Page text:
CHICAGO -- Mark Buehrle came out to warm up for the eighth inning, looked around and saw there was no ball on the mound and no fielders surrounding him. Surprised? Sort of.
It was all part of a salute pre-planned by teammate Paul Konerko and acting manger Don Cooper to make sure the durable and popular left-hander got the spotlight on what might have been his final game for the Chicago White Sox.
Buehrle threw seven shutout innings Tuesday night and Chicago beat The Toronto Blue Jays 2-1. Eligible for free agency following the season, he's not sure where he'll land in 2012. But he'll certainly remember the tribute, from both his teammates and the fans.
"Back of my mind I kind of figured they were going to do something in between the innings, or get an out and pull me," Buehrle said.
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"I actually thought I'd go out and do my warmup pitches and he'd come out and get me. I'm looking for the ball and I look back and Coop's already coming out with it in his hands. It kinda surprised me."
As he walked off the field after Cooper pulled him, Buehrle waved to the fans who were chanting his name and hugged his teammates as they headed to the field. Several minutes later, Buehrle emerged again from the dugout for a curtain call, taking off his cap and extending his arms toward the small but spirited crowd announced at 23,934.
"Paulie [Konerko] was pushing me out there and he was like 'They're calling for you.' I've never had a curtain call." Buehrle said. "Just hugging the teammates, hugging everybody that's been involved in my career, it got kind of emotional there toward the end."
The White Sox played their first game since Ozzie Guillen was released from his contract after Monday night's victory over the Blue Jays.
Cooper enjoyed the beginning of his short stint as manager. He also went to the bullpen pregame to watch Buehrle warm up and made sure to give him a few verbal jabs.
"I did make a joke to him when he was playing catch, warming up, fooling around, saying 'This is unbelievable. One career ending, and another one starting,"' Cooper said.
Buehrle (13-9) allowed six hits, struck out six and walked none.
General manager Ken Williams said before Tuesday night's game he didn't know yet whether Buehrle fit into the team's future plans. Buehrle is 161-119 in his career.
The fast-working lefty has a no-hitter and a perfect game on his White Sox resume from a career that began in 2000. He reached the 200-inning mark for the 11th straight season when he got the second out of the second inning, and he's had at least 10 wins and 30 starts every season since 2001.
Buehrle would love to return, but knows the White Sox are in store for big changes following this disappointing season, Guillen's departure and the failure of some highly paid players like Adam Dunn and Alex Rios to produce this season.
He said he didn't know if he'd pitched his final game for the team that drafted him in 38th round in 1998.
"Obviously doing this for 13, 14 years of my life, this is all I know. It's kinda hard to think otherwise. It's hard to go home in this offseason and think I'm going to go to spring training somewhere else," Buehrle said.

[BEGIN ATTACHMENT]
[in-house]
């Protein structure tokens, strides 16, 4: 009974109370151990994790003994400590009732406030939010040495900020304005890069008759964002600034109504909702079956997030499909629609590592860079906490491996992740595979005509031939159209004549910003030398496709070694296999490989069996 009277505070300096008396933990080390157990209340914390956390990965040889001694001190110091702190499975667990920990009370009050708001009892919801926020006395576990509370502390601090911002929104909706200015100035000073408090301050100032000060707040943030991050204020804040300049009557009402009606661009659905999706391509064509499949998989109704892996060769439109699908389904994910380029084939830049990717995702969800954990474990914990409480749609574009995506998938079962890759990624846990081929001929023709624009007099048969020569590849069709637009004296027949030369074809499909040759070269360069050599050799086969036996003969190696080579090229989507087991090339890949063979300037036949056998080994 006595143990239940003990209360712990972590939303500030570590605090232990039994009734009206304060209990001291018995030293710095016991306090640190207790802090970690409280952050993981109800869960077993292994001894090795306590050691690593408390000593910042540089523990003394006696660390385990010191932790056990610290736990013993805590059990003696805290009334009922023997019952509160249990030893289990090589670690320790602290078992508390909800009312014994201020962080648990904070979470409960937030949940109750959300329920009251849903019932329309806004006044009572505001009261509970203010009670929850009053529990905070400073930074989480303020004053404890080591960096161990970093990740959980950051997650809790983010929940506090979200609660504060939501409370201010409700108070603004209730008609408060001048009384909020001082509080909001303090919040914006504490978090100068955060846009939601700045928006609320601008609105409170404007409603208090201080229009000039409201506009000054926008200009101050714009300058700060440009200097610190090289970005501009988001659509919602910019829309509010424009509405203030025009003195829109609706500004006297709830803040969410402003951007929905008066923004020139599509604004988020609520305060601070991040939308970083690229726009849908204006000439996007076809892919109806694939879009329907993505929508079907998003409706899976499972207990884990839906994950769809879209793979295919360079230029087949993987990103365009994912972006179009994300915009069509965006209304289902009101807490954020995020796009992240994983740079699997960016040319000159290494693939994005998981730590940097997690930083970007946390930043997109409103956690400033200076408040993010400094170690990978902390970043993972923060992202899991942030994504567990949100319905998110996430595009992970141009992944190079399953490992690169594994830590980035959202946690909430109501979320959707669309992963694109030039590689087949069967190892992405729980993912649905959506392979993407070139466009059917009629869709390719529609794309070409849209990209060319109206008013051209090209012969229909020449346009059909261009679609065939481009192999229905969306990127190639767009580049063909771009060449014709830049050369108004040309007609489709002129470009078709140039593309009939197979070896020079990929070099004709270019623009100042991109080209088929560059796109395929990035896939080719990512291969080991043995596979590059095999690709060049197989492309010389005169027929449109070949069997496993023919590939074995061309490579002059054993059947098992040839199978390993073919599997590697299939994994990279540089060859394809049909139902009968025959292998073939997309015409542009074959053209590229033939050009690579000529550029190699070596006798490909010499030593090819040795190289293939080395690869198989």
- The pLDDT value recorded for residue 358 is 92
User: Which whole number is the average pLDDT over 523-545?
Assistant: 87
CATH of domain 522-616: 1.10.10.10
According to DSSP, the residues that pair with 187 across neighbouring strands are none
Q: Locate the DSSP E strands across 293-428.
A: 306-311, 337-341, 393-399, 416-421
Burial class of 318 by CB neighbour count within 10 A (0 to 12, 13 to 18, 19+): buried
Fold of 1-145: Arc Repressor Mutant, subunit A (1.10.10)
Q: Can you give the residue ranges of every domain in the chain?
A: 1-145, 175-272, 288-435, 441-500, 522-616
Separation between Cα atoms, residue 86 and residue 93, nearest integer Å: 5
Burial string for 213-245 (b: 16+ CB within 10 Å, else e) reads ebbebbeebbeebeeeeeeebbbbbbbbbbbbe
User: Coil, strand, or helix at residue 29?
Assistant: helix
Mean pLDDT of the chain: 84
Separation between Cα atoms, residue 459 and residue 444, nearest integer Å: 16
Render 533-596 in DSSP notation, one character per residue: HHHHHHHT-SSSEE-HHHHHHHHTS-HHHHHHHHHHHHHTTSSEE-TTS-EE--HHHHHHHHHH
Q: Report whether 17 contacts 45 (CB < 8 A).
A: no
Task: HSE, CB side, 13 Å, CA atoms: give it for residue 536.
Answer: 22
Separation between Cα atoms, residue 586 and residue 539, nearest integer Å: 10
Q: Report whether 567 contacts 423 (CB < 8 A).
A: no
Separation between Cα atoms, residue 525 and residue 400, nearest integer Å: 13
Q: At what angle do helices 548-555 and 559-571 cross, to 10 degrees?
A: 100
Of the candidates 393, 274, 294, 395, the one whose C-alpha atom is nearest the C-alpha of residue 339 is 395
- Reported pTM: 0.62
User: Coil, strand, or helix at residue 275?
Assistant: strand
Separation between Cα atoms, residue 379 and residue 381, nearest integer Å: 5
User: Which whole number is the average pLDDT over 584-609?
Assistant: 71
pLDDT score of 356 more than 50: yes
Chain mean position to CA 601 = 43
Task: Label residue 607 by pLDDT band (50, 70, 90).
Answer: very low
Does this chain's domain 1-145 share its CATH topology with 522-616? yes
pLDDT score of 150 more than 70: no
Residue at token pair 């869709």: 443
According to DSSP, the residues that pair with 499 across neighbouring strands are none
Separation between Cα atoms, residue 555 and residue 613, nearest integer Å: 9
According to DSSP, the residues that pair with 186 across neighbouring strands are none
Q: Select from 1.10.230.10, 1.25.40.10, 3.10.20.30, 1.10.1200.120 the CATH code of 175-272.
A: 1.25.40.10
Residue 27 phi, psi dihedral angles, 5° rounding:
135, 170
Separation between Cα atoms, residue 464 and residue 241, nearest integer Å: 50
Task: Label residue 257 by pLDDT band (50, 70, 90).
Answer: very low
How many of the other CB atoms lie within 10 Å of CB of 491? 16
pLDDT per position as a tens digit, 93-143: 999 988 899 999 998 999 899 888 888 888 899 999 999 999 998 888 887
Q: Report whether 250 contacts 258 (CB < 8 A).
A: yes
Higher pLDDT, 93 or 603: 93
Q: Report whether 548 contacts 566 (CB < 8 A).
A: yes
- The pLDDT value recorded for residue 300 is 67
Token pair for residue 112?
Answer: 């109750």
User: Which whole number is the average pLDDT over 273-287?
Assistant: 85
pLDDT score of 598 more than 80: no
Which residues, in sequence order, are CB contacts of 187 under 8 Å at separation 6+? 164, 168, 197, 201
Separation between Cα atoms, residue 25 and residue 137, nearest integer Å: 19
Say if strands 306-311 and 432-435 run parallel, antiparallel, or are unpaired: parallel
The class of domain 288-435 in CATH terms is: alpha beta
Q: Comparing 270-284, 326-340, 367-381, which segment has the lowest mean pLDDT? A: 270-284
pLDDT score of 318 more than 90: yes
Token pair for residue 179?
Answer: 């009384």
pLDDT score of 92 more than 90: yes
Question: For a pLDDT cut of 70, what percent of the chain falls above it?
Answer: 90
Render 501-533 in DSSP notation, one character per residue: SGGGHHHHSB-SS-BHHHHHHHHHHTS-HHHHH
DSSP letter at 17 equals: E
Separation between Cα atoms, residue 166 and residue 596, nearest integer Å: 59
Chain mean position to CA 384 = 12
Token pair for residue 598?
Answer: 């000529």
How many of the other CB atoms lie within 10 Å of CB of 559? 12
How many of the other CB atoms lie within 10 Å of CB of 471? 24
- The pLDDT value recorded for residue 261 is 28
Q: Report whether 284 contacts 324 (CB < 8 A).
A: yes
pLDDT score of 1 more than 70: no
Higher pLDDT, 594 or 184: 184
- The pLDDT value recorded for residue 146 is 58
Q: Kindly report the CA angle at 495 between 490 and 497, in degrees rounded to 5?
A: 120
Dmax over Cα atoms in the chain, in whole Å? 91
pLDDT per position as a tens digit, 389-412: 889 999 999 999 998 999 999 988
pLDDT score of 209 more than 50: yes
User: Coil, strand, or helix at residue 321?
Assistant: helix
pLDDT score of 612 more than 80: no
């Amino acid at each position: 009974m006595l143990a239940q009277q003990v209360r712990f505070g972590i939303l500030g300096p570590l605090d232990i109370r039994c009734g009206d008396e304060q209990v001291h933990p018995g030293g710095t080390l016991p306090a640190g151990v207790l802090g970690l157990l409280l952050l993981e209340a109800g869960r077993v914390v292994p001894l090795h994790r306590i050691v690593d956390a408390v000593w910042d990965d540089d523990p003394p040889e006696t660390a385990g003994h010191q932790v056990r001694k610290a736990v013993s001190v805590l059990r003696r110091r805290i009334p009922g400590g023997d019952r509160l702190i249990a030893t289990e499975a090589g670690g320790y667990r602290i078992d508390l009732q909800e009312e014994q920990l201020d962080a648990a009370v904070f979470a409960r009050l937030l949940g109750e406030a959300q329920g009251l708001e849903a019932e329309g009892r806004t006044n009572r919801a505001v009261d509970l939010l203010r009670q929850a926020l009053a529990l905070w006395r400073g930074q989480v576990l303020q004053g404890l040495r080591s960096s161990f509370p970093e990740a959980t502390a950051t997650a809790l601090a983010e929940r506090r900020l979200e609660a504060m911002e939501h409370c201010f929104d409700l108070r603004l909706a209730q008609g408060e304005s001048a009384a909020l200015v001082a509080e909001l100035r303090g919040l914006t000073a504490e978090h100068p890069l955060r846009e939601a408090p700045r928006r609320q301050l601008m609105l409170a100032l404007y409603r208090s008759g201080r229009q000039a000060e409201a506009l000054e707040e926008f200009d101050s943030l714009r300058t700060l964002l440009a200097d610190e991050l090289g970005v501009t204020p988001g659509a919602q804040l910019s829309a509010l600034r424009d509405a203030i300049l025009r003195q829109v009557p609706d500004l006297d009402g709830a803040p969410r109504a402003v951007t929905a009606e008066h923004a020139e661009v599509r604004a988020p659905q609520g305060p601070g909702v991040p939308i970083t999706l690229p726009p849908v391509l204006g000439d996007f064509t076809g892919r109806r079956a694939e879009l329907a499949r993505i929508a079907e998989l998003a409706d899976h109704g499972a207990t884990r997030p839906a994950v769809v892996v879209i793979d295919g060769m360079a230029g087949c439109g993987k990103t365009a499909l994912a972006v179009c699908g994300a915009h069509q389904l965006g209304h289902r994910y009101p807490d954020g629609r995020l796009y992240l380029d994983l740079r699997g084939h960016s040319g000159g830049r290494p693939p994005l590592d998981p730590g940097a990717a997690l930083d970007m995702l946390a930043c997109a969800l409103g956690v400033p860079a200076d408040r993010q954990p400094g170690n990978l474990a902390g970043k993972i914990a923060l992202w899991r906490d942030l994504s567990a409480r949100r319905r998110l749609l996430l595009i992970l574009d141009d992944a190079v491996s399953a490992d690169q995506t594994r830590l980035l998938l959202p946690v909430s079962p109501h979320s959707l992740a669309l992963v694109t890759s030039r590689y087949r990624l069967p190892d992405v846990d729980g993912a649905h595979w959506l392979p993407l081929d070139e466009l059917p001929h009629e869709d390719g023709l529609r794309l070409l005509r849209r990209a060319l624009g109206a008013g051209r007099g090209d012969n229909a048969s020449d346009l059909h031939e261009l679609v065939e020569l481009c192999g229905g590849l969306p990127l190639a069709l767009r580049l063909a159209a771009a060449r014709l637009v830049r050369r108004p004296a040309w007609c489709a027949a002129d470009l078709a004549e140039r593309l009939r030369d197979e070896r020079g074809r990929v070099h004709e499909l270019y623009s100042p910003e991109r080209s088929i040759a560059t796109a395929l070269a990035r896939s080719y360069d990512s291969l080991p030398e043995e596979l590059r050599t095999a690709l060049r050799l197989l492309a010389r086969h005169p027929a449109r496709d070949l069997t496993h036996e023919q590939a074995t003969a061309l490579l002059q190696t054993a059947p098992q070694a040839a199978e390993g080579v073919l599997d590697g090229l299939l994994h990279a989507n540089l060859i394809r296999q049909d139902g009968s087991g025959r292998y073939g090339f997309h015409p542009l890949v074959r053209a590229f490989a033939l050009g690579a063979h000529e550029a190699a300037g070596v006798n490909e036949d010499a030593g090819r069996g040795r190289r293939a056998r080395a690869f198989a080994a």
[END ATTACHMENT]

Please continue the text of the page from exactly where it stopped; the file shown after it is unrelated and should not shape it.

"Deep down inside, I'd love to be back, but reality might sink in. It just depends on which way they go. They have a lot of decisions to make, a lot of pieces they can trade, a lot of guys they can get back."
Tyler Flowers hit a solo homer, his fifth of the season, off Henderson Alvarez (1-3) in the second. A.J. Pierzynski singled home a run in the sixth.
Toronto's Mike McCoy greeted Jesse Crain with his second homer to cut the lead to 2-1.
Chris Sale got the final five outs to earn his eighth save in nine chances.
Alvarez allowed seven hits in seven innings.
Blue Jays manager John Farrell also lauded Buehrle.
"Tonight was a game he's probably pitched many, many times with his career with the White Sox. A lot of zeros. A quick paced game. A lot of strikes," Farrell said.
"Just a true professional who went about his work as we've seen over a course of a number of years. Just an outstanding game on his part."
Dunn went 0 for 3 with three strikeouts, dropping his average to .159 with a franchise-record 177 strikeouts. Dunn needs six plate appearances in the final game to finish with the worst qualifying batting average in modern big league history, surpassing Rob Deer's .179 mark in 1991.
White Sox RHP Phil Humber (9-9) makes his 28th appearance and 26th start in Wednesday's season finale. Humber is 1-5 with a 6.15 ERA in his last 10 starts. He is 0-0 with a 4.50 ERA in three career games, including a start, against the Blue Jays. Toronto counters with Brandon Morrow (11-11), whose 10.18 strikeouts per nine innings leads the American League. ... Omar Vizquel, at age 44, said he'd like to play another season, but is not sure if he'll try to follow Guillen to Florida -- should he become Marlins manager -- or maybe stick with the White Sox another season. He did attend Guillen's final news conference Monday to show support for his fellow Venezuelan. ... Toronto's Edwin Encarnacion has an inflamed nerve in his left shoulder but no structural problems. He has not been ruled out of Wednesday's season finale. ... Pierzynski reached 1,000 innings caught for the 10th straight season. ... Dave Nicholson struck out 175 times for the White Sox in 1963.